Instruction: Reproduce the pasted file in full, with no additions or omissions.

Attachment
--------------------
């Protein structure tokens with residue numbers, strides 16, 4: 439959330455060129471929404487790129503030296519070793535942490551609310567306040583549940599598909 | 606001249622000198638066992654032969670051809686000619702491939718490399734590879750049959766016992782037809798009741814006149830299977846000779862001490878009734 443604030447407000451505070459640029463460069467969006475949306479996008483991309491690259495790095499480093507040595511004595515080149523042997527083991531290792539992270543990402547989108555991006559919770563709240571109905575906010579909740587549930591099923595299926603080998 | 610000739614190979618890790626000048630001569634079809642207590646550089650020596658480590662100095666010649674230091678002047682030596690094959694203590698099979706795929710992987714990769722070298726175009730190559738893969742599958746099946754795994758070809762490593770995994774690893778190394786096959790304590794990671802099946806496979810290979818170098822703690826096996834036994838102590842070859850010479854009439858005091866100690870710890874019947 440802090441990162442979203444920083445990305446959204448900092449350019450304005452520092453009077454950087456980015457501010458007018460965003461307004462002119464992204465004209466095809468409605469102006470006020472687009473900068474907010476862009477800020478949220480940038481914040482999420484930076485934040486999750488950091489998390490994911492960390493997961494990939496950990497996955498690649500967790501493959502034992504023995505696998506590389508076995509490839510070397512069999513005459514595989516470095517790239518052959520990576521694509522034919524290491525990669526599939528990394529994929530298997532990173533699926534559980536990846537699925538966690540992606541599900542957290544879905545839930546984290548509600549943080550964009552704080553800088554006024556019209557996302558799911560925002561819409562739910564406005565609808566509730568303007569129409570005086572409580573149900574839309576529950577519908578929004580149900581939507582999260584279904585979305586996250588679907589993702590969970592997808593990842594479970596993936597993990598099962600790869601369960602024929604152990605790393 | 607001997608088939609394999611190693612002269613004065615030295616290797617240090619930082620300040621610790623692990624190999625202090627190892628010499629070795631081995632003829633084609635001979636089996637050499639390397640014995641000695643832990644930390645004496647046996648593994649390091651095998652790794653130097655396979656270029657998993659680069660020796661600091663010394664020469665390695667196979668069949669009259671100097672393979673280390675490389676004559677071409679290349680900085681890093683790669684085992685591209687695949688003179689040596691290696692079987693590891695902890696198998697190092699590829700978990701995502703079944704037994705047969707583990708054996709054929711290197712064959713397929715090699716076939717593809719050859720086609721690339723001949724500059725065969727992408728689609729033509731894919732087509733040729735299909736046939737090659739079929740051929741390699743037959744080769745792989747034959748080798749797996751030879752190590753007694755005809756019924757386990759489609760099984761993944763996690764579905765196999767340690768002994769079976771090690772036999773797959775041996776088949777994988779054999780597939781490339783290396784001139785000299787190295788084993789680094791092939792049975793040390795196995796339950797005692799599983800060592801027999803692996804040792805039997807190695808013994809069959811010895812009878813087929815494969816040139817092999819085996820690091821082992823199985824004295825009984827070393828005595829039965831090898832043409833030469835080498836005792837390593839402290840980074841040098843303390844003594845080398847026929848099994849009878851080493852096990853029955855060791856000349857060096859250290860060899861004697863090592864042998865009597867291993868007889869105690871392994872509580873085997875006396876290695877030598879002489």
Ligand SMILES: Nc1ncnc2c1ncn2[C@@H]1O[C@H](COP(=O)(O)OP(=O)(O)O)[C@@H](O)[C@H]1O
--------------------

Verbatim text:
């Protein structure tokens with residue numbers, strides 16, 4: 439959330455060129471929404487790129503030296519070793535942490551609310567306040583549940599598909 | 606001249622000198638066992654032969670051809686000619702491939718490399734590879750049959766016992782037809798009741814006149830299977846000779862001490878009734 443604030447407000451505070459640029463460069467969006475949306479996008483991309491690259495790095499480093507040595511004595515080149523042997527083991531290792539992270543990402547989108555991006559919770563709240571109905575906010579909740587549930591099923595299926603080998 | 610000739614190979618890790626000048630001569634079809642207590646550089650020596658480590662100095666010649674230091678002047682030596690094959694203590698099979706795929710992987714990769722070298726175009730190559738893969742599958746099946754795994758070809762490593770995994774690893778190394786096959790304590794990671802099946806496979810290979818170098822703690826096996834036994838102590842070859850010479854009439858005091866100690870710890874019947 440802090441990162442979203444920083445990305446959204448900092449350019450304005452520092453009077454950087456980015457501010458007018460965003461307004462002119464992204465004209466095809468409605469102006470006020472687009473900068474907010476862009477800020478949220480940038481914040482999420484930076485934040486999750488950091489998390490994911492960390493997961494990939496950990497996955498690649500967790501493959502034992504023995505696998506590389508076995509490839510070397512069999513005459514595989516470095517790239518052959520990576521694509522034919524290491525990669526599939528990394529994929530298997532990173533699926534559980536990846537699925538966690540992606541599900542957290544879905545839930546984290548509600549943080550964009552704080553800088554006024556019209557996302558799911560925002561819409562739910564406005565609808566509730568303007569129409570005086572409580573149900574839309576529950577519908578929004580149900581939507582999260584279904585979305586996250588679907589993702590969970592997808593990842594479970596993936597993990598099962600790869601369960602024929604152990605790393 | 607001997608088939609394999611190693612002269613004065615030295616290797617240090619930082620300040621610790623692990624190999625202090627190892628010499629070795631081995632003829633084609635001979636089996637050499639390397640014995641000695643832990644930390645004496647046996648593994649390091651095998652790794653130097655396979656270029657998993659680069660020796661600091663010394664020469665390695667196979668069949669009259671100097672393979673280390675490389676004559677071409679290349680900085681890093683790669684085992685591209687695949688003179689040596691290696692079987693590891695902890696198998697190092699590829700978990701995502703079944704037994705047969707583990708054996709054929711290197712064959713397929715090699716076939717593809719050859720086609721690339723001949724500059725065969727992408728689609729033509731894919732087509733040729735299909736046939737090659739079929740051929741390699743037959744080769745792989747034959748080798749797996751030879752190590753007694755005809756019924757386990759489609760099984761993944763996690764579905765196999767340690768002994769079976771090690772036999773797959775041996776088949777994988779054999780597939781490339783290396784001139785000299787190295788084993789680094791092939792049975793040390795196995796339950797005692799599983800060592801027999803692996804040792805039997807190695808013994809069959811010895812009878813087929815494969816040139817092999819085996820690091821082992823199985824004295825009984827070393828005595829039965831090898832043409833030469835080498836005792837390593839402290840980074841040098843303390844003594845080398847026929848099994849009878851080493852096990853029955855060791856000349857060096859250290860060899861004697863090592864042998865009597867291993868007889869105690871392994872509580873085997875006396876290695877030598879002489």
Ligand SMILES: Nc1ncnc2c1ncn2[C@@H]1O[C@H](COP(=O)(O)OP(=O)(O)O)[C@@H](O)[C@H]1O